Scarborough has repeatedly said that he does not understand why a principled person like Barbara Walters puts up with O'Donnell. That in itself is absurd. Walters is an uninformed conservative, she is sexist, and she calls herself a "close friend" of the late Roy Cohn. Of course, Scarborough is also confused that politics is discussed on a "women's" show.

Now O'Donnell has gone and done something really offensive--her "ching chong" remark about the news in China, and her detractors are having a field day. She deserves the criticsm. (Her original defense was that she is a comedian, but there are two things wrong with that--she was not doing a comic act when she appears on The View, and she does not make fun of other cultures or minorities.) But those same people have totally ignored Don Imus's recent reference to Jewish CBS radio management as "money-grubbing bastards."

The talking heads pick and choose whose (and which) inappropriate language they attack. They were quick to jump on Mel Gibson's drunken anti-Semitic remarks, but never said a single word about his drunken misogynist remarks, made during the very same traffic incident. And they are quick to jump on gay, liberal O'Donnell whether her speech is truly inappropriate or just truthful.

It is unfortunate that Gibson said vile things about both Jews and women, that O'Donnell made fun of Chinese people, and that Imus perpetuated a terrible Jewish stereotype. But you won't get the full story from their peers in the news--you'll get what they want you to remember.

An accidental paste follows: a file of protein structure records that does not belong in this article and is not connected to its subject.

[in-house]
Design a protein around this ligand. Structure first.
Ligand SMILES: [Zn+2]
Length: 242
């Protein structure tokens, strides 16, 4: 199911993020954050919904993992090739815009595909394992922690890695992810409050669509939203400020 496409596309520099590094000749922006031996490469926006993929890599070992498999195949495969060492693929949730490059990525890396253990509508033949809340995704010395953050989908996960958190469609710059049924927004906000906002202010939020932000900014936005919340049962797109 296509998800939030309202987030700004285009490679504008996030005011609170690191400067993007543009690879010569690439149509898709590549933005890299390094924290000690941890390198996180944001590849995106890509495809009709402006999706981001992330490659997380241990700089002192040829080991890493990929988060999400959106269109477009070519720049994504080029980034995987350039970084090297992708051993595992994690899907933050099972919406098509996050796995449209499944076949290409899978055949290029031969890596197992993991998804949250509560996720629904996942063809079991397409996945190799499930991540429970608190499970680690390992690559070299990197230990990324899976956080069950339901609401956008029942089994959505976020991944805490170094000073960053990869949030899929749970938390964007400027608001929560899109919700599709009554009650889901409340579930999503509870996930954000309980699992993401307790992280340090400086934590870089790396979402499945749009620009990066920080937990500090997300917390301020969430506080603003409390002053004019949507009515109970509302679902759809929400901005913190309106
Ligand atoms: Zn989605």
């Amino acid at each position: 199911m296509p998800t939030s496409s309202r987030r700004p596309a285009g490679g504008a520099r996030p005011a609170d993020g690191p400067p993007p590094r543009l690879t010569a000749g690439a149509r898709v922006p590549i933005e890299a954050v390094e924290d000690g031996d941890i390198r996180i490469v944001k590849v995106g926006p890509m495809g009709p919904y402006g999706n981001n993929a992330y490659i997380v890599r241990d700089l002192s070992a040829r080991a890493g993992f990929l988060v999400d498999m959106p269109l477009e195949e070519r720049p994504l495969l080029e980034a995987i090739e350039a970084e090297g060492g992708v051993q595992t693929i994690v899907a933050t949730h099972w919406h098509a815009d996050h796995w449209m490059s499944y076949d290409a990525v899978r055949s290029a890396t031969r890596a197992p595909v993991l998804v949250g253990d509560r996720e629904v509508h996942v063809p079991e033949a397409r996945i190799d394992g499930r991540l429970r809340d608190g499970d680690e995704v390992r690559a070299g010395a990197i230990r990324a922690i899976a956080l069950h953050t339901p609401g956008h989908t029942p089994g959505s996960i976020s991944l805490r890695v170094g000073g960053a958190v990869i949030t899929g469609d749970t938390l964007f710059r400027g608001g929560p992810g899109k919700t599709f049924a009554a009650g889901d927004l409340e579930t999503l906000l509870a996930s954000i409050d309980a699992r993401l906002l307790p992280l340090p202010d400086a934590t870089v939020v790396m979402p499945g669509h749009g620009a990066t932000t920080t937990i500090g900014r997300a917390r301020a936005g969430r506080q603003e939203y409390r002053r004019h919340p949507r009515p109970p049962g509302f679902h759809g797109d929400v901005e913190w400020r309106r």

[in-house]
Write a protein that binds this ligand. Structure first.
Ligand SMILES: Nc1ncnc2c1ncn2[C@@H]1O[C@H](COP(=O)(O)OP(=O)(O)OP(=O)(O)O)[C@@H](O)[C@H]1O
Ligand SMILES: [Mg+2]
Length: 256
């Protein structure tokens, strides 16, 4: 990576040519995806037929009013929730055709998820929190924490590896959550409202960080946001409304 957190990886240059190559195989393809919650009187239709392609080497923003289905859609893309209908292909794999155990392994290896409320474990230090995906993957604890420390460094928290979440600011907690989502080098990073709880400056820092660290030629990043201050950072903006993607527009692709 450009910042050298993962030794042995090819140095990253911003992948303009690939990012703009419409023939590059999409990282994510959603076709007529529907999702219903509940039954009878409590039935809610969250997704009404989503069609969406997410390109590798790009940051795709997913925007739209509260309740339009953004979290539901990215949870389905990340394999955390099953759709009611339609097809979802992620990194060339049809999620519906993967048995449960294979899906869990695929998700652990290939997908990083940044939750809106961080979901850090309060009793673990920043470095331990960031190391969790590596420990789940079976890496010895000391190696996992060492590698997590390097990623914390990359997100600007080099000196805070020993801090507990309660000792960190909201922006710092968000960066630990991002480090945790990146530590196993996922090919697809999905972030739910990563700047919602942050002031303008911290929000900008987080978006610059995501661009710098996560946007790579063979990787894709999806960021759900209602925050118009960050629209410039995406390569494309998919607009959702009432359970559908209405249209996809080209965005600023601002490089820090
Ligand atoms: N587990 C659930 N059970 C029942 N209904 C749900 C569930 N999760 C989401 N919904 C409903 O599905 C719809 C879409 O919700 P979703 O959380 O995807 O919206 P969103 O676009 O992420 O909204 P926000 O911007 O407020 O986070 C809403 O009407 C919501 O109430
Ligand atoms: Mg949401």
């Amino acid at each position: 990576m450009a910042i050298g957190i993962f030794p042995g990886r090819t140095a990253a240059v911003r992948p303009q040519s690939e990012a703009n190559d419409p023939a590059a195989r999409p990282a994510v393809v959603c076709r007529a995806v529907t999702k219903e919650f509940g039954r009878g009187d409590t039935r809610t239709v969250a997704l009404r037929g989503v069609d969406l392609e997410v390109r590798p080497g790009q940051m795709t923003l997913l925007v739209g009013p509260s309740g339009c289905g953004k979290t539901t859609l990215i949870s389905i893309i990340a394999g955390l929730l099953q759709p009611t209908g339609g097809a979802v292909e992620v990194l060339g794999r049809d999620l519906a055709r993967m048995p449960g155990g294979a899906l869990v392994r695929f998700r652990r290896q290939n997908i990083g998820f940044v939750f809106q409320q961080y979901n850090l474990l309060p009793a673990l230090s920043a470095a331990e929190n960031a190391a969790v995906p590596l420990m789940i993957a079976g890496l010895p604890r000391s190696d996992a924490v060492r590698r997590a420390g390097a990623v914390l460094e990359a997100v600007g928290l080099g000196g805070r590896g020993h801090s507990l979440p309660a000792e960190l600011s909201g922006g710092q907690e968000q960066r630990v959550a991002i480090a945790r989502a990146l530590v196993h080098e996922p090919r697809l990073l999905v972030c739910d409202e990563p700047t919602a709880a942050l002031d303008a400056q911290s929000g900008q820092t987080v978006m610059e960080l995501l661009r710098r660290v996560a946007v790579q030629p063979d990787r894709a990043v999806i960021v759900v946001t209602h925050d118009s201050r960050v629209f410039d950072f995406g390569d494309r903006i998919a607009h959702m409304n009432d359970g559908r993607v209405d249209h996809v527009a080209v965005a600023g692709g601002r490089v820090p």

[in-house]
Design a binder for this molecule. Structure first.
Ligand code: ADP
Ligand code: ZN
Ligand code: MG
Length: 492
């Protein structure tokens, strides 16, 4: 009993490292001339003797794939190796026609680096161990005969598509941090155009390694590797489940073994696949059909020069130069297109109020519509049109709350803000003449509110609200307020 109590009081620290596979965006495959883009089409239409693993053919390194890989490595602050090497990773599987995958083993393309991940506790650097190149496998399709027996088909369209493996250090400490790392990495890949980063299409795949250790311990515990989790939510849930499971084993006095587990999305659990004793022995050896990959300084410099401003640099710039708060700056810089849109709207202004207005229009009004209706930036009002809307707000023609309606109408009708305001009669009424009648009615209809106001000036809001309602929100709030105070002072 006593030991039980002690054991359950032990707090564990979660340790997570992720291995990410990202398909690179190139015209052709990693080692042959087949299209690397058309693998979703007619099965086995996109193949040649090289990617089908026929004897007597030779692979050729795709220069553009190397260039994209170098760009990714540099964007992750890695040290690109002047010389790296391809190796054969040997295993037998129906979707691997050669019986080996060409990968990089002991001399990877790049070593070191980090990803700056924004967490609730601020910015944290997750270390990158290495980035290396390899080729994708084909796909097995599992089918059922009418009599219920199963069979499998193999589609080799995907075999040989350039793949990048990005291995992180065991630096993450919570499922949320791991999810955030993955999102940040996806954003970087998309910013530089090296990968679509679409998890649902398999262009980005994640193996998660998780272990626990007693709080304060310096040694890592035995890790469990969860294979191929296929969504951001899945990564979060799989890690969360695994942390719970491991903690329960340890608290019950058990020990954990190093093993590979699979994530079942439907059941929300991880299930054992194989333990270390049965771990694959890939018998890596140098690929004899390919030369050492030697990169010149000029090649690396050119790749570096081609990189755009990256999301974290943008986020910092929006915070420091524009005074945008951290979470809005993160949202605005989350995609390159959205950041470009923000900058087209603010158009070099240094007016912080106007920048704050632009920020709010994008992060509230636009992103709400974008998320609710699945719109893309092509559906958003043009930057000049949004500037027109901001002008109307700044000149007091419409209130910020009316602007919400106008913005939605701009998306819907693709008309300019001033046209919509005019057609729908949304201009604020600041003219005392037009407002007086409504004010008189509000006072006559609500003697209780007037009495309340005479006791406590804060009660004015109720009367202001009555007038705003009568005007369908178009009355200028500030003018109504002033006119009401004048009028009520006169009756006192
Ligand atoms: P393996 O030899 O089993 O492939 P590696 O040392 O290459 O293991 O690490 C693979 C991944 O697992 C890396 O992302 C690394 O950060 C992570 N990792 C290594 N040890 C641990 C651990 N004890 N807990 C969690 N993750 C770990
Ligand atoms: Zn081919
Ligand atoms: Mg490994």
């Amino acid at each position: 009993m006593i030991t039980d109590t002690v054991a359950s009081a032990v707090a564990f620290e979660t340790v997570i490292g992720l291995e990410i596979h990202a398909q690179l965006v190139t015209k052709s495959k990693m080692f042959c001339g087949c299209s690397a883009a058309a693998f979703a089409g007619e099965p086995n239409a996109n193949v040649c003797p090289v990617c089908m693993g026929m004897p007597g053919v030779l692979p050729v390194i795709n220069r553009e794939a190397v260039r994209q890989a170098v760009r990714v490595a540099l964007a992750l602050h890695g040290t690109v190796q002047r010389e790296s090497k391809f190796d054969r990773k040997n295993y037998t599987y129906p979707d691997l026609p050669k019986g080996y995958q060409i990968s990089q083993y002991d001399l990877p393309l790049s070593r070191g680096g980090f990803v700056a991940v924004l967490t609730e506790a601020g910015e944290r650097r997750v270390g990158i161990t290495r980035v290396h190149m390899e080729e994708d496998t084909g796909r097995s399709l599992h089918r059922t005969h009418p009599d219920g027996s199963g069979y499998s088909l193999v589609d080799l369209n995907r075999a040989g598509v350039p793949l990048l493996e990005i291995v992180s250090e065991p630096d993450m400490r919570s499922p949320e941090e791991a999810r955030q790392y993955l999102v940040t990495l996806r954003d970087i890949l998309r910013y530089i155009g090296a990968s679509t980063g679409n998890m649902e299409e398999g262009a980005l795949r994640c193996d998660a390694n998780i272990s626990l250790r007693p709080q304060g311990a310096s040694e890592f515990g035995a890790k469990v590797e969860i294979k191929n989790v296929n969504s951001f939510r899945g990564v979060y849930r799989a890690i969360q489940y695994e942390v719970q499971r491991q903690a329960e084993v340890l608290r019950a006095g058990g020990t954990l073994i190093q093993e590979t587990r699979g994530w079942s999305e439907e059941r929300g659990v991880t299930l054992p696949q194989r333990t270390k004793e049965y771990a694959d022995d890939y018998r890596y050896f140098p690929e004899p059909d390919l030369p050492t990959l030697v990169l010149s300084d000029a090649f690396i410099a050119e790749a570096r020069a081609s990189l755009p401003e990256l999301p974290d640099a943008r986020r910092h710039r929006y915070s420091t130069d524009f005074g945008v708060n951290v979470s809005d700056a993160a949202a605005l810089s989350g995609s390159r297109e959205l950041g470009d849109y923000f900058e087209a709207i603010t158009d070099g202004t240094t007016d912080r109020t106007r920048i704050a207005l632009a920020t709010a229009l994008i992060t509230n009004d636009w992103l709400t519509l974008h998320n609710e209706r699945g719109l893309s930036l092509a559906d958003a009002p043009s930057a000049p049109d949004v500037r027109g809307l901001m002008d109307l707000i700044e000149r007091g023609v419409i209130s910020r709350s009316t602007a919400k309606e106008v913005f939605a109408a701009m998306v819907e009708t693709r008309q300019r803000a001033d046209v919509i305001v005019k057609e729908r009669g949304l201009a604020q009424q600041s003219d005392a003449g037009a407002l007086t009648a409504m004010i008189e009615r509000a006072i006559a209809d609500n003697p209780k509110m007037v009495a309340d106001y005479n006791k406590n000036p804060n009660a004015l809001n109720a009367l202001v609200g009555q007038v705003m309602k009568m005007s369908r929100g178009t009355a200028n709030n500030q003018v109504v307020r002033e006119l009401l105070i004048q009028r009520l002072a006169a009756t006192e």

The Muscles from Brussels

| Wed Dec. 13, 2006 8:22 PM EST

Today the European Parliament passed one of the most comprehensive and far-reaching EU regulations in its history, a set of environmental rules that will hold companies liable for the health effects of some 30,000 substances used in everything from computers to laundry detergent. The law—which applies to any company that wants to sell into the huge European market (pretty much any global corporation, these days)—signals the evolution of the EU from a paper tiger into the new global arbiter of environmental standards. The rules are sure to affect products produced and sold in the United States much more so than any law recently passed by the U.S. Congress.

To read more about the new law, known as REACH, for Registration, Evaluation and Authorization of Chemicals, and how it will affect the environment stateside, check out The Muscles From Brussels, my article in Mother Jones' November/December issue.

Breaking News: Dem Senator Has "Stroke-Like Symptoms." Could Balance of Power Shift?

| Wed Dec. 13, 2006 5:56 PM EST

Via CNN:

Sen. Tim Johnson, D-South Dakota, was hospitalized Wednesday after he suffered stroke-like symptoms in his Washington office, his staff said.
Johnson, who turns 60 on December 28, was taken to George Washington University Hospital by ambulance about 11:30 a.m., sources in his office said.
A statement issued by Johnson's office said he was suffering from a "possible stroke."
At this stage he is undergoing a comprehensive evaluation by the stroke team," the statement said. Staffers said that Johnson was conscious when he was transported to the hospital.
A lawyer and longtime state lawmaker, Johnson was first elected to the U.S. House of Representatives in 1986. He served five terms before he was elected to the Senate in 1996.
He is the senior senator from South Dakota and serves on numerous committees, including appropriations, budget, banking, energy and natural resources, and Indian affairs
.Should Johnson not be able to complete his term, which ends in 2008, South Dakota Gov. Mike Rounds, a Republican, could appoint his replacement, which could shift the balance of power in the Senate.
Johnson battled prostate cancer in 2004, and after surgery, tests showed he no longer had the disease, according to his Web site.